Ed owns the road.

I don’t.

And he does the hard work.

You can tell that by the cracks in his hands.

He looks fearsome

if you don’t know him

with those pitted cheeks

and hard stone eyes.

He’s fearsome even if you do know him.


The title to that stretch of asphalt,

route 87,

is held by Ed

when he grips the wheel

of his old pickup,

cranks it up to high gear,

and rattles and rocks and farts his way

to the next job.


He works for no one

but himself,

takes no shit

from any of his customers.

He smells of dark coffee and cigarette smoke

and for every scar on his chest

there’s a devil tattoo to watch over it.


He takes no pleasure in reading,

and hasn’t stepped inside a church

since he was twelve

But Ed is always up for a fight

and won’t resort to that rusty chain

unless there’s two of them

to one of him.


He’s been with Bess the waitress

since I can remember.

Folks are surprised

that she’s never showed up

at the diner

bruised and bloodied.

But she once confessed

that he’s as gentle and playful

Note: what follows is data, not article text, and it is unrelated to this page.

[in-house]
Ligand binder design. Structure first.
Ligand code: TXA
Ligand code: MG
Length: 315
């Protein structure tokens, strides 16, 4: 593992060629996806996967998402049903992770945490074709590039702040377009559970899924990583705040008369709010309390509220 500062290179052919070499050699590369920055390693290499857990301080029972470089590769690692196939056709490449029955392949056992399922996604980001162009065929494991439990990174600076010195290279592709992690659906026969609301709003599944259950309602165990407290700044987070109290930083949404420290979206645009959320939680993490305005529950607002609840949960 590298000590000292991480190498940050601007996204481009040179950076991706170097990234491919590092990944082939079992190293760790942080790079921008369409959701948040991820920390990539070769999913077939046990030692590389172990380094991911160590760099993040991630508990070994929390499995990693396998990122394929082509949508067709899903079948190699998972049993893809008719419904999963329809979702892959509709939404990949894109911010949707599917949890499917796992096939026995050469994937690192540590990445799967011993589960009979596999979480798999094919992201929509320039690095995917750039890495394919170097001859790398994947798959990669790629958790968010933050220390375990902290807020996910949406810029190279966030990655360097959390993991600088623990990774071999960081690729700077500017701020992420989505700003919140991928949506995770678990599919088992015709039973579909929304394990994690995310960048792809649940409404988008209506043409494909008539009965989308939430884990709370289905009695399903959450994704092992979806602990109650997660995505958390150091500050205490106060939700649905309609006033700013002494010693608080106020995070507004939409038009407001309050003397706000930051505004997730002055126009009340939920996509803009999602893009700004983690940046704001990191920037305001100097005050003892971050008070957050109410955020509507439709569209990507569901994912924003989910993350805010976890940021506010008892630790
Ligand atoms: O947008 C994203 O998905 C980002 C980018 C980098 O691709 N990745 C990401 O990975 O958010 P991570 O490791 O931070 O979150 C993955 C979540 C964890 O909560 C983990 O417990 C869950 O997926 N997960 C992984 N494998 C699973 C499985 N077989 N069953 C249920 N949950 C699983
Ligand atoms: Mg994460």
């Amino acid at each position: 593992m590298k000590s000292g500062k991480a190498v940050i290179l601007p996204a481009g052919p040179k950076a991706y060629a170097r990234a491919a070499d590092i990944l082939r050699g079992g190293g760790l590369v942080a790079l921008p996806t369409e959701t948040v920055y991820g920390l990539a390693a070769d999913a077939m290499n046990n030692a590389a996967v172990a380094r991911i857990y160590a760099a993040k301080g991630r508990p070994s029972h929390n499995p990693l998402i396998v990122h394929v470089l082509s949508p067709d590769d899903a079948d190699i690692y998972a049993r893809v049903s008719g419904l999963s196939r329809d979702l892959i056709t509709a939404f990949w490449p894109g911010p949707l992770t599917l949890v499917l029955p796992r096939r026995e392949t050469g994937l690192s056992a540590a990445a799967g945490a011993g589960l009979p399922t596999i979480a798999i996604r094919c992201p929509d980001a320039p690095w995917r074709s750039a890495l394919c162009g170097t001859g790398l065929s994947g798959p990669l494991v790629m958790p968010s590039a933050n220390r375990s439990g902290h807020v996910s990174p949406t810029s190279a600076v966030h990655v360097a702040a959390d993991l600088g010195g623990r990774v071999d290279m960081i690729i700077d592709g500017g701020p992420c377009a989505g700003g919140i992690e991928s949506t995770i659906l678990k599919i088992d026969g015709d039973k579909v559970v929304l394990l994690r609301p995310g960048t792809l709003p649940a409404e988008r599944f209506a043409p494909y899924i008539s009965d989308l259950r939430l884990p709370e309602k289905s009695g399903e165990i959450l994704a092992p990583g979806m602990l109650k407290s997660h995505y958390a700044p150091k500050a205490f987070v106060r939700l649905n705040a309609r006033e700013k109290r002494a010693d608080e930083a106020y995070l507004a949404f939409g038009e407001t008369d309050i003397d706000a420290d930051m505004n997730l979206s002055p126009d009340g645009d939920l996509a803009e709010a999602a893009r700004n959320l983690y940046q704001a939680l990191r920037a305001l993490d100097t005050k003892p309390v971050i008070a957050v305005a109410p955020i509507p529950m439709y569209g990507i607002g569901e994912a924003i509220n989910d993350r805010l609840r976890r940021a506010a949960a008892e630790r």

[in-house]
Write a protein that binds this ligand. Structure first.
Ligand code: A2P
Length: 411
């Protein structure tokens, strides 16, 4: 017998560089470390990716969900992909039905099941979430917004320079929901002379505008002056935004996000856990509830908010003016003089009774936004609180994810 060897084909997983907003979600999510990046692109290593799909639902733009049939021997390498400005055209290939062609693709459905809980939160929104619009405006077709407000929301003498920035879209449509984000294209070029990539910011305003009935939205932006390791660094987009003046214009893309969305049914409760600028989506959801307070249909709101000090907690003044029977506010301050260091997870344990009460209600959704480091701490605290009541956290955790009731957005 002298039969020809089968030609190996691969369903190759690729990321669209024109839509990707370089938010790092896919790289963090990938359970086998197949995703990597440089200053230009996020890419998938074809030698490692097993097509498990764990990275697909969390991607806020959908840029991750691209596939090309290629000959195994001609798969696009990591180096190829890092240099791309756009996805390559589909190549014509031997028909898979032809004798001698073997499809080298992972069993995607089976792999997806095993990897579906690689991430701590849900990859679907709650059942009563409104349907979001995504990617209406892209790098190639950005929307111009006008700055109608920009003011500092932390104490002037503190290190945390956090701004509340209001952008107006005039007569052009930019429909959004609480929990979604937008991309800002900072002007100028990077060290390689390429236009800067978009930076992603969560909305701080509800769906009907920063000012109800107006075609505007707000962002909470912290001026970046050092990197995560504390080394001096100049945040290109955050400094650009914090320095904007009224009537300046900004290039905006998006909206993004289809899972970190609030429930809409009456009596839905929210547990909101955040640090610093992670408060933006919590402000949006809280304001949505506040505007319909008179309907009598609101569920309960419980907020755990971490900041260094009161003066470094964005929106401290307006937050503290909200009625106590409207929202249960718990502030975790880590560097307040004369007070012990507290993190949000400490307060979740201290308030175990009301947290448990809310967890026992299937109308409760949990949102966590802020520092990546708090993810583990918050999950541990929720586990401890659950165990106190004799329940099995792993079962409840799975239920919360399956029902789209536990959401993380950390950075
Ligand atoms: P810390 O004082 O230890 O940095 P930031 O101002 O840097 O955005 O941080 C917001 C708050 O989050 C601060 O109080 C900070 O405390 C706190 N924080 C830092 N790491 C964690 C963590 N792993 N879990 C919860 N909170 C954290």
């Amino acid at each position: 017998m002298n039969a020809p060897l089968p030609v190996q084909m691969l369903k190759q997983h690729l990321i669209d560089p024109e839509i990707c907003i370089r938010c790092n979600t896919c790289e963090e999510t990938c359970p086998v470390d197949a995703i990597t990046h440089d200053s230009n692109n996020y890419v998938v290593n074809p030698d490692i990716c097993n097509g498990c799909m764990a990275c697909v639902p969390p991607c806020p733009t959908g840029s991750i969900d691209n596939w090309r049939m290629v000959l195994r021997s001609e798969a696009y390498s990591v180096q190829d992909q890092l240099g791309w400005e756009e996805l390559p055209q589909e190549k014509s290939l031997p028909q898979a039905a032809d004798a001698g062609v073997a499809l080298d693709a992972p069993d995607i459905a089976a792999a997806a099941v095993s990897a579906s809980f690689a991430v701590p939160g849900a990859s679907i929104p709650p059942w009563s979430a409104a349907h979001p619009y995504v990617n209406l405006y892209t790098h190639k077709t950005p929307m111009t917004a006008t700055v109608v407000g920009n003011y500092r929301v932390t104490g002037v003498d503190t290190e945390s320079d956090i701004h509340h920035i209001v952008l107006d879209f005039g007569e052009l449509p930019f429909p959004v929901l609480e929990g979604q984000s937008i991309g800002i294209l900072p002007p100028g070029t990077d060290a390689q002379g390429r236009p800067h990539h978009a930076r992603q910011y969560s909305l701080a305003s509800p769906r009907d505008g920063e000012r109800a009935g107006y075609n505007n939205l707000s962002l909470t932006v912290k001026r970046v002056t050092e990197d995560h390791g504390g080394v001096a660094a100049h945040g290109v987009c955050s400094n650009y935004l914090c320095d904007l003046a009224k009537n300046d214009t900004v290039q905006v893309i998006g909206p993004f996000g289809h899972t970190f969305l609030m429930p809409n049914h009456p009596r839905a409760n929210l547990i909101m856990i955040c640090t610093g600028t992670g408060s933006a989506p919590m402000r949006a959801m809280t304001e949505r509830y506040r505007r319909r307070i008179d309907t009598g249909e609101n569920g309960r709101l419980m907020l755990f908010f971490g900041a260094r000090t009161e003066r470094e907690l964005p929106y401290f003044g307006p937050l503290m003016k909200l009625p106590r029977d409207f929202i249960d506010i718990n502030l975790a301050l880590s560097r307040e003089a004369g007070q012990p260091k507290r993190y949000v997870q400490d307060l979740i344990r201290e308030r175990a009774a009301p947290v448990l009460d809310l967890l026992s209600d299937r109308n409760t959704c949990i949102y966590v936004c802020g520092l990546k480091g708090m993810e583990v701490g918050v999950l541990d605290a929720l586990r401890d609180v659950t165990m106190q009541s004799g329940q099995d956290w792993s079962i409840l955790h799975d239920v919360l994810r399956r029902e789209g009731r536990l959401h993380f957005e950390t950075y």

as a cub

when they’re alone together.

Some nights, he smooths out his own edges

by holding her ‘til morning.


I’m on 89

driving a late model Japanese compact.

It’s just for pleasure, not lifestyle,

for having something to do

on an otherwise dull day.

I don’t tote landscaping equipment.

I don’t travel with a dog

who’s part wolf.

I don’t get in bar brawls

or go home to the comfort

of someone as weathered

but affectionate as Bess.


I’m traveling down a highway

that’s the property of someone else.

There’s no toll to pay.

Just a sneaking admiration.


John Grey is an Australian poet, US resident. He has been recently published in New Plains Review, Stillwater Review and Big Muddy Review with work upcoming in Louisiana Review, Columbia College Literary Review and Spoon River Poetry Review.